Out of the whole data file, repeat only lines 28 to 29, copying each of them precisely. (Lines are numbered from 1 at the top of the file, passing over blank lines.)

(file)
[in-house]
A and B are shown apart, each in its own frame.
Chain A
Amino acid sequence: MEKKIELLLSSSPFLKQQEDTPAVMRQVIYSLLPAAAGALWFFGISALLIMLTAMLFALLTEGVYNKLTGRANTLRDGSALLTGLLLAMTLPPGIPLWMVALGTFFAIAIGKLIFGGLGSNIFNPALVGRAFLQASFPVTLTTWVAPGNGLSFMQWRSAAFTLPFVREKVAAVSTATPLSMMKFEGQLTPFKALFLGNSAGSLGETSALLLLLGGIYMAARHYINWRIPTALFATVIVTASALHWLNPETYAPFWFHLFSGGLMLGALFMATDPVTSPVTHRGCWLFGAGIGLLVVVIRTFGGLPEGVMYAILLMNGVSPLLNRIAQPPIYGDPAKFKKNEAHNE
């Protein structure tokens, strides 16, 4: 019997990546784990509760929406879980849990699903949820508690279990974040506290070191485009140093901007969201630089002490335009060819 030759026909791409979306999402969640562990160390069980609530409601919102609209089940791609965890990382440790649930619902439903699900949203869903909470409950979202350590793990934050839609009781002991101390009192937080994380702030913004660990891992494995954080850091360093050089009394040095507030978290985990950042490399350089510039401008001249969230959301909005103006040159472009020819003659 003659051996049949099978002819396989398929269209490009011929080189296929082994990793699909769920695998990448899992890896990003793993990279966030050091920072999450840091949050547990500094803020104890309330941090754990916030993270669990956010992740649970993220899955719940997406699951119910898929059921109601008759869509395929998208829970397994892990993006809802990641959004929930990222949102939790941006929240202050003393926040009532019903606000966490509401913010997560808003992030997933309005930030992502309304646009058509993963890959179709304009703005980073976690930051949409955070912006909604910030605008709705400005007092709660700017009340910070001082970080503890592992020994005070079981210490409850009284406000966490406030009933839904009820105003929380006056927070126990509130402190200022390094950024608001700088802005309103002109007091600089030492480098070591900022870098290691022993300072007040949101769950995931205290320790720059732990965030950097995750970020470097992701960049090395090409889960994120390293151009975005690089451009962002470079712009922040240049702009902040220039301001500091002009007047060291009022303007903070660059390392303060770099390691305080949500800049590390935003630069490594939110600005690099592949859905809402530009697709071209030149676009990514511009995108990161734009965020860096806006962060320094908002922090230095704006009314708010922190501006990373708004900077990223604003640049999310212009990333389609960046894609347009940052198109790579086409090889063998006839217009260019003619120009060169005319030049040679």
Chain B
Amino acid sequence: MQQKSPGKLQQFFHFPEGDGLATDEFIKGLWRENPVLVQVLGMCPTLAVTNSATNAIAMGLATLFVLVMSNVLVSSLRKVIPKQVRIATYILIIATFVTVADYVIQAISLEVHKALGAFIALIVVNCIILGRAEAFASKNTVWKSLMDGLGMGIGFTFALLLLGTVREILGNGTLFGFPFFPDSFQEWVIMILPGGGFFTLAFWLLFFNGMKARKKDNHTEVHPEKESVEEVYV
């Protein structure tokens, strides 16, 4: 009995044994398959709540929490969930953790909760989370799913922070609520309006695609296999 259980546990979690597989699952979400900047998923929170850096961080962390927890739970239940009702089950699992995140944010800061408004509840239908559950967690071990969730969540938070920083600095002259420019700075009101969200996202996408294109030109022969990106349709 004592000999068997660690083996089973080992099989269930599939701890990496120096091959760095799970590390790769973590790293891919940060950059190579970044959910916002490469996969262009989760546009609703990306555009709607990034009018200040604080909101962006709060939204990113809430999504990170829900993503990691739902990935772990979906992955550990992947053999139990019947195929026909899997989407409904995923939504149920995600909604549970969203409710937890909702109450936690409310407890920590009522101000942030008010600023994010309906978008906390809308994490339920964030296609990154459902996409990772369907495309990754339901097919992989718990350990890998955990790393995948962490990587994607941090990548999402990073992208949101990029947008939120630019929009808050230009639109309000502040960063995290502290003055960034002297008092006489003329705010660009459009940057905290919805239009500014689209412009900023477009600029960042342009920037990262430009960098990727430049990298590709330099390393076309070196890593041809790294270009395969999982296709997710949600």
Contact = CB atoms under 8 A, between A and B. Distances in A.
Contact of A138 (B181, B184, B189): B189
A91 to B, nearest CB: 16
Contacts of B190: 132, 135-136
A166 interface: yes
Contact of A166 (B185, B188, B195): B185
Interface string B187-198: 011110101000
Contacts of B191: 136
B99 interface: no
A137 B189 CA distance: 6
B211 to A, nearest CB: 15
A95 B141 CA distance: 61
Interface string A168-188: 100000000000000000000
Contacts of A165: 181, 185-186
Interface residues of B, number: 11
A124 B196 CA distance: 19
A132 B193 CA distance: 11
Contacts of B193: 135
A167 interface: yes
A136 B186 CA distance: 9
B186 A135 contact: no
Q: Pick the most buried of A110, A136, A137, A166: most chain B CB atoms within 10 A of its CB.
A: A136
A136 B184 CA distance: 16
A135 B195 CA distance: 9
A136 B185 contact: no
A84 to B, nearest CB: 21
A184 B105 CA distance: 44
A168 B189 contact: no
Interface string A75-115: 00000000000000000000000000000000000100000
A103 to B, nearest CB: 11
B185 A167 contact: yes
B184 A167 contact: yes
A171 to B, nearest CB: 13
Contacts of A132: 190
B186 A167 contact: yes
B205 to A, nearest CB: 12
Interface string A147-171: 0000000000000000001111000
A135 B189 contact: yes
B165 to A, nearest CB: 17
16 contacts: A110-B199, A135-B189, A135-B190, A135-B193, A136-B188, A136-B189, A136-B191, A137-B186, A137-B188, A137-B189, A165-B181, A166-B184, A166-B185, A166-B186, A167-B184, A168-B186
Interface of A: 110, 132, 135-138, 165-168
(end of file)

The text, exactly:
A136 B186 CA distance: 9
B186 A135 contact: no